Geoffrey Eglinton

From Wikipedia, the free encyclopedia
Jump to: navigation, search

Geoffrey Eglinton, FRS (born 1927, Cardiff) is a British chemist and Emeritus Professor and Senior Research Fellow in Earth Sciences at Bristol University.

He won the Royal Medal in 1997 "In recognition of his contribution to our understanding of the way in which chemicals move from the living biosphere to the fossil geosphere, in particular the origin, genesis, maturation and migration of oil which has had great repercussions on the petroleum industry.",[1]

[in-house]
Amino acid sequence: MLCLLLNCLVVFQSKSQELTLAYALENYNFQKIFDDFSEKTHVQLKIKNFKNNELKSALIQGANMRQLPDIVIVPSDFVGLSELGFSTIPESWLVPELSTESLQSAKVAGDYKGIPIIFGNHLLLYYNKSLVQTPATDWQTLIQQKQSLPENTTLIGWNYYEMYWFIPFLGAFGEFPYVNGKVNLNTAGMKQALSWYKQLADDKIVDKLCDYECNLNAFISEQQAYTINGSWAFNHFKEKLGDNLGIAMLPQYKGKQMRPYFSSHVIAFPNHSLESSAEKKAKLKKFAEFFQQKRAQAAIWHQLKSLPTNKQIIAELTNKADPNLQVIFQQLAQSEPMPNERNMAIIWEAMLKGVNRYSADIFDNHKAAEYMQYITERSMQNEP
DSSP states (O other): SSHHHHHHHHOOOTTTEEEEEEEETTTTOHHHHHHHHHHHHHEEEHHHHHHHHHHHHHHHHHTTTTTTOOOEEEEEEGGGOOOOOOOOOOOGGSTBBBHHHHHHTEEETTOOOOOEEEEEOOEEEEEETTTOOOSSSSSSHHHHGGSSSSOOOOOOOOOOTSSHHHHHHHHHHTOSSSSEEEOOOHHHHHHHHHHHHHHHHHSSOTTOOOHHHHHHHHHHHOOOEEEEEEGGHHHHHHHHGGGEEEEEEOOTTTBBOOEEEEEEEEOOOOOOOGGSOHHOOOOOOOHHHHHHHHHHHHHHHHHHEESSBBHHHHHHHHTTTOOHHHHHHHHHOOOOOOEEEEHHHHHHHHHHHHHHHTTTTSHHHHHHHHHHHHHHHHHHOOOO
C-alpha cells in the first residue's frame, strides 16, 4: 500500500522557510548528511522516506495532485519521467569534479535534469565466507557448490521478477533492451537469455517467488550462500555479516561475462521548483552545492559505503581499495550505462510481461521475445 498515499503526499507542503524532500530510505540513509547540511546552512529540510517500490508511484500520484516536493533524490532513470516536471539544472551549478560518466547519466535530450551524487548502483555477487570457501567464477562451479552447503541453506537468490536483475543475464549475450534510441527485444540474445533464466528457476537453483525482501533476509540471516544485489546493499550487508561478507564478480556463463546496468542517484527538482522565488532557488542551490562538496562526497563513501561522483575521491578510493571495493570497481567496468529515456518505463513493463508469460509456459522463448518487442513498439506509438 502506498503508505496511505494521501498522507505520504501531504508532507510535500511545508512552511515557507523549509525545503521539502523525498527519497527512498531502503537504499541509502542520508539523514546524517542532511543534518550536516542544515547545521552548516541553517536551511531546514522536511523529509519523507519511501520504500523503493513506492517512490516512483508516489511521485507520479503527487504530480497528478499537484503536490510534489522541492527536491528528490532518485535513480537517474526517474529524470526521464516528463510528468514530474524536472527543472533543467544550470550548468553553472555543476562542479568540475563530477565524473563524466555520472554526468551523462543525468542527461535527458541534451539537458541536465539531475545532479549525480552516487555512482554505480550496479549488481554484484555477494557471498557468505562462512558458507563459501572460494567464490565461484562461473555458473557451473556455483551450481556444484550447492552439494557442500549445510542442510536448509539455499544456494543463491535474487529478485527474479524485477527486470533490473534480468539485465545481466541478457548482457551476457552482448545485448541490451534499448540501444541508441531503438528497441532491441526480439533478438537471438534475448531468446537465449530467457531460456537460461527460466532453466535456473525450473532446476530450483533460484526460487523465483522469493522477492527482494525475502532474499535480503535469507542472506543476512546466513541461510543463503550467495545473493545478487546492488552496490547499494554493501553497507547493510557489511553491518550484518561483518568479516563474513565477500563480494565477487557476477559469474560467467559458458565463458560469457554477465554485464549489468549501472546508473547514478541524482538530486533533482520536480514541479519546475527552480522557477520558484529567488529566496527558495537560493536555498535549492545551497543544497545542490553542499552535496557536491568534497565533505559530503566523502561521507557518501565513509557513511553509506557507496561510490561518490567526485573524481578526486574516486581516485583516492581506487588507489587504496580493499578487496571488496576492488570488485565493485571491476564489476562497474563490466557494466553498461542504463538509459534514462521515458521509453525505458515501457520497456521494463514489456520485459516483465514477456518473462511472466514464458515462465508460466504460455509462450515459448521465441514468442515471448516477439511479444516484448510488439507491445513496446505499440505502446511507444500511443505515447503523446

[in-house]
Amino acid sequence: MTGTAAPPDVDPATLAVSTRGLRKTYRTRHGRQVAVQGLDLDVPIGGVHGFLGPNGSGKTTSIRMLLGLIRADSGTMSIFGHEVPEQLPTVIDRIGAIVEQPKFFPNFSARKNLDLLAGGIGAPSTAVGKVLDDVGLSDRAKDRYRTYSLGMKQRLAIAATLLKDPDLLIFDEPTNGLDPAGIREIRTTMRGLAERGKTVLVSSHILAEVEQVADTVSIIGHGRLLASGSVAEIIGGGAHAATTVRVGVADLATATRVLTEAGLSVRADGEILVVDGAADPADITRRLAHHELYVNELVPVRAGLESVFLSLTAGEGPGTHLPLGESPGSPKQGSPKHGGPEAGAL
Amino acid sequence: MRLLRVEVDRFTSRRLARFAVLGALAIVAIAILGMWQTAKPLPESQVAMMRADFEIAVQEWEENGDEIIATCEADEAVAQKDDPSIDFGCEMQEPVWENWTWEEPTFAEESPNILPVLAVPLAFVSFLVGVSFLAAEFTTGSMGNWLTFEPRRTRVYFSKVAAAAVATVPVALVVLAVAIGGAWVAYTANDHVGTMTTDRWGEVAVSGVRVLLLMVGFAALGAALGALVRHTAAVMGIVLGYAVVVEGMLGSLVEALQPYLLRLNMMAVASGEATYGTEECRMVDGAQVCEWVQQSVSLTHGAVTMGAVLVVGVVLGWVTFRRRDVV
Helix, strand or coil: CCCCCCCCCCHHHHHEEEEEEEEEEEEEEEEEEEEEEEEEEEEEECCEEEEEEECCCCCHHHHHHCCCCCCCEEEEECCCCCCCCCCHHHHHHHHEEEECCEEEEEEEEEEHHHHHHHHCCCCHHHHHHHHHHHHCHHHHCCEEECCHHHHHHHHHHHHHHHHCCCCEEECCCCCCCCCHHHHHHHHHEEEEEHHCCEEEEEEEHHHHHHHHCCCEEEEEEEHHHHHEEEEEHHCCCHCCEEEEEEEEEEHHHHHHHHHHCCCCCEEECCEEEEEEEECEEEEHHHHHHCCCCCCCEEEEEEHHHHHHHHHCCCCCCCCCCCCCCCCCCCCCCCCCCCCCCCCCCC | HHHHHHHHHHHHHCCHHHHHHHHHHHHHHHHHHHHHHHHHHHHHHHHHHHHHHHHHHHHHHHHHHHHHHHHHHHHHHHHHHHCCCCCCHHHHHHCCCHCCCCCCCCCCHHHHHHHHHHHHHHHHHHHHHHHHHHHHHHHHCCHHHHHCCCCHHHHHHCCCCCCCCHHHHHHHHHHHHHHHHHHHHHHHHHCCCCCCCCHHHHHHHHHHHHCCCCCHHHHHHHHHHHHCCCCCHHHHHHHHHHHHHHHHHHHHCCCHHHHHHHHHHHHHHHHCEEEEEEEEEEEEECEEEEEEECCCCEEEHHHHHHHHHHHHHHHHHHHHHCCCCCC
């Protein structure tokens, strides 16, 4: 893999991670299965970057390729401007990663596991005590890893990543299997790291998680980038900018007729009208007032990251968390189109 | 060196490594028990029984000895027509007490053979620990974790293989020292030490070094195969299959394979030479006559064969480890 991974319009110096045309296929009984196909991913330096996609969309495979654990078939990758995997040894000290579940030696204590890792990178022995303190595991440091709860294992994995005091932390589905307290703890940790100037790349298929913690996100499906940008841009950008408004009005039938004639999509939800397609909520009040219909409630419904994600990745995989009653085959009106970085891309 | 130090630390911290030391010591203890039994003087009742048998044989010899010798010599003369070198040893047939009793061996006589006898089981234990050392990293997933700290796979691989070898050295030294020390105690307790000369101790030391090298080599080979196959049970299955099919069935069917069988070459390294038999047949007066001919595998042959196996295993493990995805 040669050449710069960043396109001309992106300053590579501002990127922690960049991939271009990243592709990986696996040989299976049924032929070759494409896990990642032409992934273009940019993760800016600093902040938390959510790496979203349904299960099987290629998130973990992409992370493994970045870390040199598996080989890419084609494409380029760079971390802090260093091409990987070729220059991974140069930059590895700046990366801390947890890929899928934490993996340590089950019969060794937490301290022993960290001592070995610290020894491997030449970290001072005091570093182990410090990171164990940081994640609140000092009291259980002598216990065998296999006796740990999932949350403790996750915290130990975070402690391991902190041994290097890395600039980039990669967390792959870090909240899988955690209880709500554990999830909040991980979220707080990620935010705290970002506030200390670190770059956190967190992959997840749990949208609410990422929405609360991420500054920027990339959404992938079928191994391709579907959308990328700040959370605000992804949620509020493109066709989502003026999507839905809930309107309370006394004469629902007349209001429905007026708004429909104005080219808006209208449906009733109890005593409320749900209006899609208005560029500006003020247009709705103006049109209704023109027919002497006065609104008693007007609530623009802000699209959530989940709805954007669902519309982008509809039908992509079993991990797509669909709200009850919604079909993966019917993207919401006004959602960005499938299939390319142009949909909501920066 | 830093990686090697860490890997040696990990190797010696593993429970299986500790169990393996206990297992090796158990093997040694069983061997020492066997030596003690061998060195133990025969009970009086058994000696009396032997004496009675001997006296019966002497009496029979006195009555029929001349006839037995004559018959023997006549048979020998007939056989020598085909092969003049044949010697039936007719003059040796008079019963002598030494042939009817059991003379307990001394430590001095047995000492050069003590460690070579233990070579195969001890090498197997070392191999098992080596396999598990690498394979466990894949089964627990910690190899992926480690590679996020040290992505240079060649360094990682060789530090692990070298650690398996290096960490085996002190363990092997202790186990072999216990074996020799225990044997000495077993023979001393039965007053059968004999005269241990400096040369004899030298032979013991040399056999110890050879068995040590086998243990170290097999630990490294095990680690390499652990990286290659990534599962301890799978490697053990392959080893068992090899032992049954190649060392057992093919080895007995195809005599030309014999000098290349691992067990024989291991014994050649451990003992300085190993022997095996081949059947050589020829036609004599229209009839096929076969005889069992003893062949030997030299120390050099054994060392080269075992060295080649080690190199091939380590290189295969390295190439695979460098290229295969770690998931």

He was awarded the Wollaston Medal in 2004.[2]

He was a co-winner of the Dan David Prize in 2008 for his studies of organic chemical fossils, which reveal the inhabitants and climates of ancient worlds. (He shared the prize with Ellen Moseley-Thompson and Lonnie G. Thompson). [3][4]

The Eglinton reaction is named after him.

References[edit]

See also[edit]